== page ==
But, either way, he’s not getting off lightly.
“Oh, he’ll get punished, trust me,” Kelly said. “Just like we did when we were little. You know, I was taught you’re not supposed to fight each other, you’re supposed to get along.”
7-Year-Old Arrested for Assault
Sheriff’s officials in Monticello say they didn’t have a choice because a warrant for battery charges had been issued for the child. He’s four-foot-six and weights 60 pounds.
He’s accused of hitting a classmate, a teacher and a principal, and scratching a school resource officer. But the boy’s family has retained a lawyer and disputes the official account of what happened. The lawyer says the boy has an attention deficit disorder
The mother of Johnnie Lee Morris – whose name was released by the attorney – says he was held in detention for several hours.
The boy is under house arrest.
Five dollars is apparently all it takes to land a 7-year-old in handcuffs in a New York City public school these days.
Parents across New York City awoke Wednesday morning to the news that Bronx third-grader Wilson Reyes was pulled out of class, handcuffed and interrogated over the course of 10 hours at his elementary school, and later, at a local precinct. Reyes was charged with robbery after someone said he grabbed $5 that a classmate had dropped on the floor, causing a scuffle among several boys.
Playground disputes that once amounted to a trip to the principal’s office have long since come under police jurisdiction in New York City, where over 5,000 agents assigned to the School Safety Division roam public school campuses under the auspices of the NYPD.
When Reyes’ mom was finally allowed to see her son, the New York Post reports, she found him handcuffed to a wall at the NYPD’s 44th Precinct, where she says he’d been interrogated and verbally abused for six hours. The shocking photo she took of her son in cuffs made front-page news on Wednesday.
Another student eventually admitted to taking the money, but it was well after Reyes had spent 10 hours handcuffed, interrogated and humiliated by the police. A police source told the NY Post that officers were responding to “a 9-1-1 call of a robbery and assault.”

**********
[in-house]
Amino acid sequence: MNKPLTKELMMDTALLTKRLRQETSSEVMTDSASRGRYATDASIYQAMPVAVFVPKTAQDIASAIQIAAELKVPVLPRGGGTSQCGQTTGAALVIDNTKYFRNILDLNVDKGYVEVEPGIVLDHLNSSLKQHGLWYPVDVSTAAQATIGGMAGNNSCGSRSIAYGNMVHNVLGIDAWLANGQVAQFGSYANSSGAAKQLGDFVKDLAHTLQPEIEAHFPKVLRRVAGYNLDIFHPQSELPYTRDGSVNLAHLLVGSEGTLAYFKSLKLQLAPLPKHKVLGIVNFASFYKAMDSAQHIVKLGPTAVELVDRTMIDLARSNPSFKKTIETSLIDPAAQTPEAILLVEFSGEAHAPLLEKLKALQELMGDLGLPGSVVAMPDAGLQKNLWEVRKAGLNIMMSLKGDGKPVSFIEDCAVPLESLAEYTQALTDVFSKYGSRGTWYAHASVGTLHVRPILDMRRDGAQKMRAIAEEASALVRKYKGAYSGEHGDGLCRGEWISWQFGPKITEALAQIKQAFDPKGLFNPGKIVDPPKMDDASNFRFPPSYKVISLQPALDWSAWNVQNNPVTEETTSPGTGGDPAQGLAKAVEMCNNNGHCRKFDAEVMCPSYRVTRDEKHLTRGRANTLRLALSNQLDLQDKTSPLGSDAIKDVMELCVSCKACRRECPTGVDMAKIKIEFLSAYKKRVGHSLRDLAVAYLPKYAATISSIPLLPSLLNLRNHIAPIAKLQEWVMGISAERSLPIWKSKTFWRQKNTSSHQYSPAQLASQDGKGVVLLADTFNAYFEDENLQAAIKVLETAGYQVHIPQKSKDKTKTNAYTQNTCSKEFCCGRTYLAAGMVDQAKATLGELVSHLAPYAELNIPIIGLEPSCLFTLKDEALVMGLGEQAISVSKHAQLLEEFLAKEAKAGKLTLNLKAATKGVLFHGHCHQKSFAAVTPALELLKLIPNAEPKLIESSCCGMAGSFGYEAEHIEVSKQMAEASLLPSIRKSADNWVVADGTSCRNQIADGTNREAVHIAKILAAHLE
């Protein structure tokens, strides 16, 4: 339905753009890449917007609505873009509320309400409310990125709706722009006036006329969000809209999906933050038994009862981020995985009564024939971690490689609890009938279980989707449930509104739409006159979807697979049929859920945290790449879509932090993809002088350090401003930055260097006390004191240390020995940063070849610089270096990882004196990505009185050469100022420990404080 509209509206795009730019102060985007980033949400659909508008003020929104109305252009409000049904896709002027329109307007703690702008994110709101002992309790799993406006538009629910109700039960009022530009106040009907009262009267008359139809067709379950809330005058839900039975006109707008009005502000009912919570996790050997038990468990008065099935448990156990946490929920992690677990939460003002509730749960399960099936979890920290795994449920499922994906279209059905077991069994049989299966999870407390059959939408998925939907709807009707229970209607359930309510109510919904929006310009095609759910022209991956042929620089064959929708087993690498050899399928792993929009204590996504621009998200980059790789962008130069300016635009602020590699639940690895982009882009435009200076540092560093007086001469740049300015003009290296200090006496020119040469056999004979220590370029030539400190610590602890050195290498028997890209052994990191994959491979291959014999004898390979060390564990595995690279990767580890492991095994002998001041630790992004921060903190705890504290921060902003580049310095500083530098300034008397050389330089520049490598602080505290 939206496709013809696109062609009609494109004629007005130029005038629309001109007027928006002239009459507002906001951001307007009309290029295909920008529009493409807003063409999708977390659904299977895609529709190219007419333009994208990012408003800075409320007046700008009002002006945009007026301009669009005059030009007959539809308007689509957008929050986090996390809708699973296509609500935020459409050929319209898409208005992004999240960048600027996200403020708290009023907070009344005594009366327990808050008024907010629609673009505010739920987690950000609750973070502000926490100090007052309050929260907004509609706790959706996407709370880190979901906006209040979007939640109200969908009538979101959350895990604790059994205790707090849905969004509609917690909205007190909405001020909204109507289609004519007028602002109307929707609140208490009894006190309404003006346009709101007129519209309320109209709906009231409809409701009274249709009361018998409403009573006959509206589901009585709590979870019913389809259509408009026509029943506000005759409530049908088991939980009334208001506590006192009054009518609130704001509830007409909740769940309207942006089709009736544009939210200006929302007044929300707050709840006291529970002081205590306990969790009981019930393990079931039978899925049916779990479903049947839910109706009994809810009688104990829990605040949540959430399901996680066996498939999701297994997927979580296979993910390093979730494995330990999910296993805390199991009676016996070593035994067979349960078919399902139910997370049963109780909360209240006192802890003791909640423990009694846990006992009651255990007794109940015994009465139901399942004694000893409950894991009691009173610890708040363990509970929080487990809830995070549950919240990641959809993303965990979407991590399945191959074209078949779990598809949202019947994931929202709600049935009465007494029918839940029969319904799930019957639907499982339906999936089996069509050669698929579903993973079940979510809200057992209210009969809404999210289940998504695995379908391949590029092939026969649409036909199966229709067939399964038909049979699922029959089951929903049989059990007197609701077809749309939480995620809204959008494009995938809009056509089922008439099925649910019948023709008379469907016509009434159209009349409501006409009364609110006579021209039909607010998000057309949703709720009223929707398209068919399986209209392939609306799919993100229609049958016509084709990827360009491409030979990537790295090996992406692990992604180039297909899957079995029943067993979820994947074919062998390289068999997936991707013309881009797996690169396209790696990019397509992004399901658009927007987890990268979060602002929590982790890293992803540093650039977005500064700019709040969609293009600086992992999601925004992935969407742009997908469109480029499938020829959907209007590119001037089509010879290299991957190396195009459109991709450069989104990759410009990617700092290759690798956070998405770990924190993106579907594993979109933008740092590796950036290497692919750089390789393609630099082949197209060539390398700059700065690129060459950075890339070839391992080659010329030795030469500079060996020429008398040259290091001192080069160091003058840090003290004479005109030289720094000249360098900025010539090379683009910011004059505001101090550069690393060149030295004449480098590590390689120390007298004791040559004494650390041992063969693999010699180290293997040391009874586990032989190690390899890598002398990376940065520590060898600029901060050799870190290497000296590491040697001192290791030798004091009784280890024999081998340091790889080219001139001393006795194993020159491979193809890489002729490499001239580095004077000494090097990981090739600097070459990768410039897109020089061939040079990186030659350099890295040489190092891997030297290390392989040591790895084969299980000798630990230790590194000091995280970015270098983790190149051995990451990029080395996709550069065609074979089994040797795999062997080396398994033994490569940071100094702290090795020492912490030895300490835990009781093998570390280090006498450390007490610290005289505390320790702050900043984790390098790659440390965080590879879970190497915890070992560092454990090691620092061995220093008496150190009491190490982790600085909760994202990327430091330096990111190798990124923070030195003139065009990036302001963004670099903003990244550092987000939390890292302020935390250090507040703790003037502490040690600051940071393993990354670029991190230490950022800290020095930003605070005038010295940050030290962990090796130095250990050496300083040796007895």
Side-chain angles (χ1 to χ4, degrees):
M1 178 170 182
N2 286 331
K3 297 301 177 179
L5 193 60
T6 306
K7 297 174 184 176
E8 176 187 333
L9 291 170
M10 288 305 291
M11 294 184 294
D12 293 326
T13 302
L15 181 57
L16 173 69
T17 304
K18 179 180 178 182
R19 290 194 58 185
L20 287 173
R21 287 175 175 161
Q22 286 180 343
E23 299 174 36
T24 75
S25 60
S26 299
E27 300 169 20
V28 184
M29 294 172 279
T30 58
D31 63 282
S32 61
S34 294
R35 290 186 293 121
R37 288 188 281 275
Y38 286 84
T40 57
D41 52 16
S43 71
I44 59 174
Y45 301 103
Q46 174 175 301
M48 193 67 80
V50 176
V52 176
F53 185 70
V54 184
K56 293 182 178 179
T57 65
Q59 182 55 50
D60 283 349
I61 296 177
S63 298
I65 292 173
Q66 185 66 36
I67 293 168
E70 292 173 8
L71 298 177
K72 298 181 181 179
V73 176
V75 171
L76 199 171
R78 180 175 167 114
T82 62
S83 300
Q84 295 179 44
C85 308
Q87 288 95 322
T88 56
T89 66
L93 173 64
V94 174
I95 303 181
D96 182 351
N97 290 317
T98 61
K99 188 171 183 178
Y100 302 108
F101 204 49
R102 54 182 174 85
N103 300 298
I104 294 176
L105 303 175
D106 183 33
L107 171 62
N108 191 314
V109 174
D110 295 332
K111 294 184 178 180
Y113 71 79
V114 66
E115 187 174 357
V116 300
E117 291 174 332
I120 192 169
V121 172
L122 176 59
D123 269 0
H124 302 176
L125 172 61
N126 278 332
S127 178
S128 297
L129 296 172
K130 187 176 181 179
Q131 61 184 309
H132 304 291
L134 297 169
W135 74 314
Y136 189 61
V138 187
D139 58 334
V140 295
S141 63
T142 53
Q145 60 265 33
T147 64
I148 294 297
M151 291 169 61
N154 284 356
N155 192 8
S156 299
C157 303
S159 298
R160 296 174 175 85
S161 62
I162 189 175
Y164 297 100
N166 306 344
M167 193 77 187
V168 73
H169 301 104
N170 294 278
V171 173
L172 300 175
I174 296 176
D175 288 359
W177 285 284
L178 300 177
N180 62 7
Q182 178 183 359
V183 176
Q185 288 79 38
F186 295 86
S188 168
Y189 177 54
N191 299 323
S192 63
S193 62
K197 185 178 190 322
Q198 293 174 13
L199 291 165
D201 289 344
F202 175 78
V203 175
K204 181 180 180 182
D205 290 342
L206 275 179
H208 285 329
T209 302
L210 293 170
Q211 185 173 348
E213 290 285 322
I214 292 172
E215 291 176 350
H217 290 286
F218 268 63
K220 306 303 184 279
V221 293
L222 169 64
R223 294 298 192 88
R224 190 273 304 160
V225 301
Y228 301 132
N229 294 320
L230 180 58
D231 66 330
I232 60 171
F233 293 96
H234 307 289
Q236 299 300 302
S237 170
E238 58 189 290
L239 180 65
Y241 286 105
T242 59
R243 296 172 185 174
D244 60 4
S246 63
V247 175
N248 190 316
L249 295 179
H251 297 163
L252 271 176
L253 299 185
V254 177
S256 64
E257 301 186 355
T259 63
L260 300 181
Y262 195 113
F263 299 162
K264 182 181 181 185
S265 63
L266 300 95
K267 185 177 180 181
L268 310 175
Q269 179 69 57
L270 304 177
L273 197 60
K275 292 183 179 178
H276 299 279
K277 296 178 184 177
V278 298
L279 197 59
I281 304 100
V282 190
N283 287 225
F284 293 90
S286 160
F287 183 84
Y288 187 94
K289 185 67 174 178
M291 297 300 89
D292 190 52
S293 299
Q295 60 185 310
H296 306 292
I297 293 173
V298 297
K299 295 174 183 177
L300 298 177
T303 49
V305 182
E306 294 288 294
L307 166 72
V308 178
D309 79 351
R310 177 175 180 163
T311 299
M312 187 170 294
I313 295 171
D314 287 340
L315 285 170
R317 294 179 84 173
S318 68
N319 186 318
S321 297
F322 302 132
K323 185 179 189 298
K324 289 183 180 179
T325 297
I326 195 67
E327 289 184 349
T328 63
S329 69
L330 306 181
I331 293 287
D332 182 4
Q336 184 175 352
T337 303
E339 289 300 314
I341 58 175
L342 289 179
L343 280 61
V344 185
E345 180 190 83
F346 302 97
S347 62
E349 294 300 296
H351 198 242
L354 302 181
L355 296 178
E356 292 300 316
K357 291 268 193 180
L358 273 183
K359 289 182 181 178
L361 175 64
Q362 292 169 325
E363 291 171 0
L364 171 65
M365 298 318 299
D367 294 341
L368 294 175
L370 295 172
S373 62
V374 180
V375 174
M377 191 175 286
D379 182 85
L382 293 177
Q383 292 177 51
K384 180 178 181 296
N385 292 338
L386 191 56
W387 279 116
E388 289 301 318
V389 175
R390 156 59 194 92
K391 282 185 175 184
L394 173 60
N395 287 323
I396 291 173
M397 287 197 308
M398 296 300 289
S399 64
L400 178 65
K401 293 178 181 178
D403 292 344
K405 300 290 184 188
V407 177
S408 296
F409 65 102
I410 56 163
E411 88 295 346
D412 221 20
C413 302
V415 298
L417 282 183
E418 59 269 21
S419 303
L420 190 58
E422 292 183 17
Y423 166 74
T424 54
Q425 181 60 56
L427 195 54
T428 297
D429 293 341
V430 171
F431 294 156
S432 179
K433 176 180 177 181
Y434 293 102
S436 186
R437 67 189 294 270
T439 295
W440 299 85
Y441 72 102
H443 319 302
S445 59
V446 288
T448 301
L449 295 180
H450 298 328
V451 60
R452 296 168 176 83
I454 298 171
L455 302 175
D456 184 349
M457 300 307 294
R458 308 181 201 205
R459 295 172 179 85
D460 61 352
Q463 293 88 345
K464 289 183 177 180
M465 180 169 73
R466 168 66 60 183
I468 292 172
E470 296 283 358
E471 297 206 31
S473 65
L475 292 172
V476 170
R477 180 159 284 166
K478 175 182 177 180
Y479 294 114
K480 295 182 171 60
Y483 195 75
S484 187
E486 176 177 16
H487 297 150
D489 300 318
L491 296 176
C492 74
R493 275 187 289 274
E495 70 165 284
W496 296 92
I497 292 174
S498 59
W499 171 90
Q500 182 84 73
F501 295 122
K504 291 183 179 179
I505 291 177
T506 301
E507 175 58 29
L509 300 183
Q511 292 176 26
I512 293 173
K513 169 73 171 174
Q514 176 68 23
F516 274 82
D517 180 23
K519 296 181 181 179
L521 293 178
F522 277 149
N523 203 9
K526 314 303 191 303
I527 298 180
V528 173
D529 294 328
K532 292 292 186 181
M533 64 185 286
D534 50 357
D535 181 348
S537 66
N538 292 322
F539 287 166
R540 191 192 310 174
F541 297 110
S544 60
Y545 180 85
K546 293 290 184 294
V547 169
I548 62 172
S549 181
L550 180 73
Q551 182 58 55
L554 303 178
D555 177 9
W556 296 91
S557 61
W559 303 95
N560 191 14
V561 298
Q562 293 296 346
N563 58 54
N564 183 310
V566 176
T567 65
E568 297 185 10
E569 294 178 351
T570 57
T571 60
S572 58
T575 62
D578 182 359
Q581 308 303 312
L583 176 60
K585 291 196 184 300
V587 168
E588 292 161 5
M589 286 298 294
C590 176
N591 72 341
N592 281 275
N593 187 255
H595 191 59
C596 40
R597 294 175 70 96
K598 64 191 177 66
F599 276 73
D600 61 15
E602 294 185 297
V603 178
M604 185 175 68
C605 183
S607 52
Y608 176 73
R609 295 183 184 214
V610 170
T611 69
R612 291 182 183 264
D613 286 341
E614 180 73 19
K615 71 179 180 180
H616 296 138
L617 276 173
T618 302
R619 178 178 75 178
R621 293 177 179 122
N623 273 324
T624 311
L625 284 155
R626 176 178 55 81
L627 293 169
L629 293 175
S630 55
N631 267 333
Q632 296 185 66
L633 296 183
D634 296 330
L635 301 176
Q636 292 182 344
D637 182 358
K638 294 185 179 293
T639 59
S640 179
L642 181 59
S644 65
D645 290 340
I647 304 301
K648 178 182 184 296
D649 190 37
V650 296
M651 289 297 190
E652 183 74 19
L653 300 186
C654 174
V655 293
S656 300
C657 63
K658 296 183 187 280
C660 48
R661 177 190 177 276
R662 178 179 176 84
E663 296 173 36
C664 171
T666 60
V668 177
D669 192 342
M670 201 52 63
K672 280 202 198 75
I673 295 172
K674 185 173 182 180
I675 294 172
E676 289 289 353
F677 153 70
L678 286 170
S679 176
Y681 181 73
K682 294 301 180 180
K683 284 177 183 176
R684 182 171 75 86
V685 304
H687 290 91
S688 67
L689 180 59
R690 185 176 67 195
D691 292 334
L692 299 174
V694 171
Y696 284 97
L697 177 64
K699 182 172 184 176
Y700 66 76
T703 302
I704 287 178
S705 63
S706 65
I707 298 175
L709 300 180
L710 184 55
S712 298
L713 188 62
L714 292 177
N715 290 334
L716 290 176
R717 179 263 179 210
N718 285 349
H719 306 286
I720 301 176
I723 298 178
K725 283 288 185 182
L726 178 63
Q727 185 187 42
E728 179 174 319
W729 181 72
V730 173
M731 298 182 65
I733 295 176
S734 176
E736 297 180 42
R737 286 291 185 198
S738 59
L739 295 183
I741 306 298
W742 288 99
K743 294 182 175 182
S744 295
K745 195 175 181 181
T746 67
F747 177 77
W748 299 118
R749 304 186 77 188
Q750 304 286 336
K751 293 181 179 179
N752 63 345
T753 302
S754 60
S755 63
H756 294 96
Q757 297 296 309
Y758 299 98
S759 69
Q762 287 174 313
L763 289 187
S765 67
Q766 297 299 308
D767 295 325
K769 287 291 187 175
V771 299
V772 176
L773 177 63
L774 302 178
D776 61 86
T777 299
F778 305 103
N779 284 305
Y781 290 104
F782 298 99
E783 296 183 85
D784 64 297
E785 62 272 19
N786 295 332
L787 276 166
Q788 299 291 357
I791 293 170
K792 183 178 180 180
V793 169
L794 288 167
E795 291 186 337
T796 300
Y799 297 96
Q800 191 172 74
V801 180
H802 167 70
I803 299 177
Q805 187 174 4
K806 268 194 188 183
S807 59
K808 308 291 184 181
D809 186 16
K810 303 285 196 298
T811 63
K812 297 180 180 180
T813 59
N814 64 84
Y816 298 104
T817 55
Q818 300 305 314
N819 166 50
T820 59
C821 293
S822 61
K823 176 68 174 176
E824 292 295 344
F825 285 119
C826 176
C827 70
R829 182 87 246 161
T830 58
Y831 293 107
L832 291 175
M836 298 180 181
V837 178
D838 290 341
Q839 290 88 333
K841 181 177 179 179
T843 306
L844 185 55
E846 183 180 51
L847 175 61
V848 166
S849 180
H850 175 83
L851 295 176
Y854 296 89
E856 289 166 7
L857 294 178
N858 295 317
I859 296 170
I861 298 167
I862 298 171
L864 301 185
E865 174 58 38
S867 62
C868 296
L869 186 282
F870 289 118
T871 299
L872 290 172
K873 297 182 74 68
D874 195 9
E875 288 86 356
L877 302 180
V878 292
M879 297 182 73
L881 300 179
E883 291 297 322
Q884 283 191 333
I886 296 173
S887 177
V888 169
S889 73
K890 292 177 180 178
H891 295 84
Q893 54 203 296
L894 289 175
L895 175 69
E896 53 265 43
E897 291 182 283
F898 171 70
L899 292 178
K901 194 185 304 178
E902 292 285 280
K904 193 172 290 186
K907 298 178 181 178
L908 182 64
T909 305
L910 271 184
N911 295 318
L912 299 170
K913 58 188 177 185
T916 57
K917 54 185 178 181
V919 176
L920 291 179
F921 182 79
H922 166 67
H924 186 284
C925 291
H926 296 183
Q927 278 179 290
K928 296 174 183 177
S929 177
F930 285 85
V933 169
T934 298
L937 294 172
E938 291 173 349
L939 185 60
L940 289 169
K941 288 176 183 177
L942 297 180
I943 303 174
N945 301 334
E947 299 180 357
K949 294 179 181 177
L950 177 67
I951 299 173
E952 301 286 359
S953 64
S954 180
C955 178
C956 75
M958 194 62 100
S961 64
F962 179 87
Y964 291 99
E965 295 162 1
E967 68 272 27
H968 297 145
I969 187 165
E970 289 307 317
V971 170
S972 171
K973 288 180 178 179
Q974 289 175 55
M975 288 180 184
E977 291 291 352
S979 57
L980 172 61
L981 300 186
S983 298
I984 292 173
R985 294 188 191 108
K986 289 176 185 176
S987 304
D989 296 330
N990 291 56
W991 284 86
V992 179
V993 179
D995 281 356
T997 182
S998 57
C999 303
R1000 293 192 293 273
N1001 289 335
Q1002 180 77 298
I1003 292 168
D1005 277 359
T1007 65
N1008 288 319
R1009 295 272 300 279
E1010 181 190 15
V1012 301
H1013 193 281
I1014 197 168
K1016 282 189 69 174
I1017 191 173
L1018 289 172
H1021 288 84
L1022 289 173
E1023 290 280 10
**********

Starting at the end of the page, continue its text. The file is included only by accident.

Though shocking, Reyes’ story is far from unique. When police officers are involved in disciplining minors, a classroom disruption involving an “unruly” student can quickly escalate into a call for police back-up.
Nearly 900 arrests were made at New York City public schools during the 2011-2012 school year, and 90 percent involved black or Latino students, according to an analysis of NYPD data released last year. Another 1,666 summonses were issued for illegal conduct.
New York’s public school students are dragged out of classrooms and cafeterias by police officers for shouting in the hallways or scribbling on desks. Court summonses and assault charges are levied for playground fistfights, and students are carted from schools to precincts for the fear-inducing offense of carrying a cell phone on school grounds. In a number of cases, officers have also used excessive force to arrest children for violating school rules, at times leaving injuries requiring hospitalization.
That’s why the ACLU – along with the New York Civil Liberties Union, and law firm Dorsey & Whitney – is suing the City of New York on behalf of the city’s public middle and high school students, accusing the NYPD’s School Safety Division of violating students’ constitutional rights.
Yet the over-policing of our schools is not an issue unique to New York City.
The deployment of cops to public schools across the country epitomizes the national trend known as the “school-to-prison pipeline,” in which children of color are funneled from our public school classrooms into the juvenile and criminal justice systems.
There’s Kaleb Winston, the Salt Lake City 14-year-old who was interrogated by gang police at his school because of the design of his backpack and the sketches he made for art class. Or the Kansas sophomore whose arm was broken as a cop pulled a Taser gun to help arrest him for wearing saggy pants. One Wisconsin teen was arrested and fingerprinted for allegedly stealing a chicken nugget meal in the school cafeteria, while a Texas honor student was jailed for missing class. And then there’s the Georgia kindergartener who was handcuffed last year when she refused to calm down.
The stories are countless, and every one of them heartbreaking. In too many school districts across the country we are witnessing the increased criminalization of our youngest and most vulnerable students. Parents, teachers, principals, and mental health experts know children best. We should let them decide what’s best for their wellbeing. Putting cops in classrooms is not the answer to ensuring our children’s safety.